South Pacific Specialists

Australia and The Wet Tropics

The Wet Tropics is a triumph of natural wonder, beauty and diversity.

From the Daintree rainforest to the Tablelands, the Wet Tropics delivers an entrancing, intriguing and engaging destination for experience seekers. Here, two World Heritage masterpieces meet: the Wet Tropics and the Great Barrier Reef, offering a spectacular array of plants and animals, gorges, walks, waterfalls, mountains, beaches and marine environments. Within this landscape reside the oldest continuously surviving tropical rainforests on earth and many rare and threatened species found nowhere else in the world.

A living exhibition, the Wet Tropics tells the story of how plants and animals have evolved over time. Awarded World Heritage status in 1988, it is a major evolutionary centre for the world’s rainforest flora and fauna, offering a living record of the ecological and evolutionary processes that have shaped Australia’s wildlife over the past 415 million years.

The rainforests of the Wet Tropics, in particular Daintree’s Cooper Creek are home to half of Australia’s bird species, one third of the continent’s mammals and over 3,000 plant species. It is also a crucial habitat for rare and threatened species including the intriguing and flightless southern cassowary and elusive tree kangaroos. Mahogany gliders, frogs, flying foxes, possums, bats and an amazing concentration of endemic birds are among the other distinctive species here with intriguing stories of creation and survival, extinction and rediscovery.

There are also 18 Rainforest Aboriginal tribal groups who have ongoing traditional connections to the World Heritage Area dating back 60,000 years, making them the oldest rainforest culture in the world.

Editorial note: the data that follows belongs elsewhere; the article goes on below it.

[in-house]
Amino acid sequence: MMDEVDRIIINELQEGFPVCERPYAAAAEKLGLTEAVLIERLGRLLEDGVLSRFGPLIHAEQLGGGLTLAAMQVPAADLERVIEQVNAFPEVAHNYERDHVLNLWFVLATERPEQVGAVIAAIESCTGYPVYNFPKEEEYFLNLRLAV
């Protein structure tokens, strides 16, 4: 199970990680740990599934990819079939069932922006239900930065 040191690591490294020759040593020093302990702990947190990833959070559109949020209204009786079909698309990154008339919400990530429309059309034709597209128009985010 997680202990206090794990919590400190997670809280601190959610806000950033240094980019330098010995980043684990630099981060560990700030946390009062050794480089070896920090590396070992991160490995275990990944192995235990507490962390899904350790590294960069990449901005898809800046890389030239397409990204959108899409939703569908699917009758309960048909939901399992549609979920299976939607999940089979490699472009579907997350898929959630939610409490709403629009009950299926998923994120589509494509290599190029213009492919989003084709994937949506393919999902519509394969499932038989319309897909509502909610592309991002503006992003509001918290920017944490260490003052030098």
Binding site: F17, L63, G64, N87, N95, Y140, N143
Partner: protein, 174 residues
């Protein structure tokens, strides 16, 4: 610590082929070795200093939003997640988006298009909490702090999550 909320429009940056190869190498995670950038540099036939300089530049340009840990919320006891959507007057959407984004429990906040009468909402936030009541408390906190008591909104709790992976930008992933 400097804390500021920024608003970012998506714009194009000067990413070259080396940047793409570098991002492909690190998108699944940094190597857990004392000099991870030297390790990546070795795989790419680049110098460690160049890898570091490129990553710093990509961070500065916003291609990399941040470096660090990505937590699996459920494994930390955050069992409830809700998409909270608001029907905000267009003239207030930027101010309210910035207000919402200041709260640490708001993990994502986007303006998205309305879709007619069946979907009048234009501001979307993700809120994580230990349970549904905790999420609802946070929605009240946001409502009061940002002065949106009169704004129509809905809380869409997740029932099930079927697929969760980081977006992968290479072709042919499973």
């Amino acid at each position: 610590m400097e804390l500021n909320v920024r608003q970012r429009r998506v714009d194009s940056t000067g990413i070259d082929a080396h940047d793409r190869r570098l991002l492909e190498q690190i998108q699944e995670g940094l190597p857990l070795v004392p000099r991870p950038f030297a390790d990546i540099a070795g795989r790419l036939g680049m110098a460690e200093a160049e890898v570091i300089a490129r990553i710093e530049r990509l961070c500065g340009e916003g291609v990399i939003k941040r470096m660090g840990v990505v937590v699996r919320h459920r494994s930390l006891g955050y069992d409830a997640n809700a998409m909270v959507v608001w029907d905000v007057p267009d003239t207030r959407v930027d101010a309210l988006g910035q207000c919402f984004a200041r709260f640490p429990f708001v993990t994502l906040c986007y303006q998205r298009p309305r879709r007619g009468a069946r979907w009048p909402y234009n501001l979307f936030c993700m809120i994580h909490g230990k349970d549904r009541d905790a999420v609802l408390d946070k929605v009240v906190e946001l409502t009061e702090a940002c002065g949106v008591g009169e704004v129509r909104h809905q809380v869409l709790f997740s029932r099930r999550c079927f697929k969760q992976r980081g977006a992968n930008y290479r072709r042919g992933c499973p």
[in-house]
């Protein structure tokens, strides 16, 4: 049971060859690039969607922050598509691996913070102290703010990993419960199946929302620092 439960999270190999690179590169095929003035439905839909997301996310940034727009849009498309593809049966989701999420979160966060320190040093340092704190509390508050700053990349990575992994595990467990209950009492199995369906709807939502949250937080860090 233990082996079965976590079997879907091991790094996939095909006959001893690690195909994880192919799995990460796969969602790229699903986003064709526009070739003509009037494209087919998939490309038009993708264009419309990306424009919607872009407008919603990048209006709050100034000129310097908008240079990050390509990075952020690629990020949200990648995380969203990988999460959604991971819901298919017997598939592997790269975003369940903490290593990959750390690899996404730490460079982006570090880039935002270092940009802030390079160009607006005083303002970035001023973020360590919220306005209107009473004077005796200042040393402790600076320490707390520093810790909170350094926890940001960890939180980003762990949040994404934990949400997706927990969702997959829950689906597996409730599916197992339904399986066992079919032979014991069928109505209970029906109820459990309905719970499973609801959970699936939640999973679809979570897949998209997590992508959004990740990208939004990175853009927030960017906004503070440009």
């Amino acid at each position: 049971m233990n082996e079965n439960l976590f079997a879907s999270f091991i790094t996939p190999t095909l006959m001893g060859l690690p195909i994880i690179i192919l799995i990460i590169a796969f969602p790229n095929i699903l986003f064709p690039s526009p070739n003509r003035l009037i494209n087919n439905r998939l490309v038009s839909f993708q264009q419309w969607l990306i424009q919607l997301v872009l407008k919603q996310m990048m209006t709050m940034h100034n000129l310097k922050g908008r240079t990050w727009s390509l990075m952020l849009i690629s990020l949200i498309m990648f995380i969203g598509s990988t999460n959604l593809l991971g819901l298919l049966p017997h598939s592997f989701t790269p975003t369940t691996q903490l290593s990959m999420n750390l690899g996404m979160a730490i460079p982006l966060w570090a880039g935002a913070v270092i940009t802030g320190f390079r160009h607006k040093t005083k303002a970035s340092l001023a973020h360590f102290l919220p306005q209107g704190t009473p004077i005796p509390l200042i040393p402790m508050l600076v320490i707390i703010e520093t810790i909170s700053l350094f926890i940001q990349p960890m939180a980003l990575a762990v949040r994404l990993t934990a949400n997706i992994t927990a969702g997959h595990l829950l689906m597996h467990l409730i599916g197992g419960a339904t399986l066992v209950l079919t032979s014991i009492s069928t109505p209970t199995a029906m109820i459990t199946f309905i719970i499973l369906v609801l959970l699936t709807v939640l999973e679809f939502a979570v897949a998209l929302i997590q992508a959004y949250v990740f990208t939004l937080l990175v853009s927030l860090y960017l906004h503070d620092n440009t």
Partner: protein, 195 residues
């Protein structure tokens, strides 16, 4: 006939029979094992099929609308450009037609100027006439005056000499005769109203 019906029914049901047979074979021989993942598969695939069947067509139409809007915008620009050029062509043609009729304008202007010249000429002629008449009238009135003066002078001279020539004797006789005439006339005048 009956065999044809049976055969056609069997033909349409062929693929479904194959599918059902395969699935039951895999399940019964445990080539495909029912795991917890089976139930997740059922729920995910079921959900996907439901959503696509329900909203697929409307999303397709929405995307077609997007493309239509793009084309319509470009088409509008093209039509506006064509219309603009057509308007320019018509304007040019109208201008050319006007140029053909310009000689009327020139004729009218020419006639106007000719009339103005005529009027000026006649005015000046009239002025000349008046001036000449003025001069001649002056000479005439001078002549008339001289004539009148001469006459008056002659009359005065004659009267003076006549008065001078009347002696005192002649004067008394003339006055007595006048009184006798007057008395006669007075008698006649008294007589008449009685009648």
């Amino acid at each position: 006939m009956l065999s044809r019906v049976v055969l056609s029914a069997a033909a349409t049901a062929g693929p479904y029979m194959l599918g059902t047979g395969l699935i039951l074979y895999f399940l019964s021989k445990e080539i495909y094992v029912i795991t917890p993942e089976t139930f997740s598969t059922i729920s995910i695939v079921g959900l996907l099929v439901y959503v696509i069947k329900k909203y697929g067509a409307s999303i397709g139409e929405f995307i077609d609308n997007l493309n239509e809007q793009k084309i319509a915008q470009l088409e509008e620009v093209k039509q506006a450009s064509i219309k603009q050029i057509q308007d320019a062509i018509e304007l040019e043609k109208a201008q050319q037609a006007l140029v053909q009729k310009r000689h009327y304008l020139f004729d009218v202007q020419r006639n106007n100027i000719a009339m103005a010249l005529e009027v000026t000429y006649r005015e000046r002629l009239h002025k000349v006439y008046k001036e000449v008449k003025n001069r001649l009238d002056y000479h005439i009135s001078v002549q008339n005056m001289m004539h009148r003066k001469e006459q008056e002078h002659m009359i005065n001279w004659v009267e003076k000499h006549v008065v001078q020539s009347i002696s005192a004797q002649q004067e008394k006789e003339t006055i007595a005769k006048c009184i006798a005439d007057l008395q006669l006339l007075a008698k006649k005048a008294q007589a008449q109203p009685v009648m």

The Wet Tropics can be divided into four distinct areas: north, south, the central coast and the Tablelands.

The north encompasses the area from Port Douglas to Cooktown and offers a range of experiences including scenic coastal drives, rare rainforests and the remote Cape York Peninsula. North of Mossman is the Daintree coast, where the rainforest meets the reef. Further north, the landscape becomes rugged with high mountain wilderness areas, coastal rainforest and mangrove areas. The historic settlement of Cooktown lies at the northern boundary.

The central coast area – often called the Cassowary Coast – stretches from Cairns southward to Cardwell. Queensland’s two highest peaks, Bartle Frere and Bellenden Ker are found here.

The cool highland region of the Tablelands west of Cairns and Innisfail is symbolised by its rich volcanic soils, mounds and craters, waterfalls and rainforest giants such as the twin kauri pines and the infamous strangler figs.

The southern Wet Tropics area is made up mostly of the rugged Paluma and Seaview ranges which loom above the coastal plain. The forests here are quite different to those in the north, with magnificent stands of tall eucalypt forest and dry tropical open woodlands. The southern region is locally known as the ‘dry tropics’ however the Paluma range regularly receives in excess of 3 metres of rain.

The Wet Tropics World Heritage Area is managed by the Wet Tropics Management Authority in accordance with Australia’s obligations under the World Heritage Convention to protect, conserve, present and transmit the unique values of the area for future generations.

Things to see and do
→ Witness the picturesque Millaa Millaa and Josephine Falls on the Waterfall Circuit in summer.
→ Tour with an Aboriginal guide for an insight into the Indigenous history, culture and spirituality of the Wet Tropics.
→ Explore the walking trails, waterfalls and swimming holes of spectacular Mossman Gorge.
→ Take a cruise on the Daintree River, which teems with birdlife and crocodiles.
→ Drive the Great Tropical Drive, one of the world’s most scenic ocean drives.
→ Follow the 13 self-drive Discovery Trails to fully immerse in the landscape.
→ Watch the migratory waders and other waterbirds at the Mareeba Wetlands.
→ Spend some time exploring the unique environment of Magnetic Island off Townsville.
→ Visit the Tyto Wetlands, home to over 200 species of birds and native Australian wildlife.
→ Wonder at Wallaman Falls, Australia’s highest single drop waterfall in Girringun National Park.
→ Trek the famous Thorsborne Trail on Hinchinbrook Island or the walking tracks of the Misty Mountains.
→ Go white-water rafting on the Tully River.
→ Experienced hikers can climb to Bartle Frere, Queensland’s highest peak (1,622m).
→ See the endangered cassowaries at Djiru National Park.
→ Experience the rainforest from all levels on a Rainforest Canopy Walkway.

Courtesy of Tourism Australia

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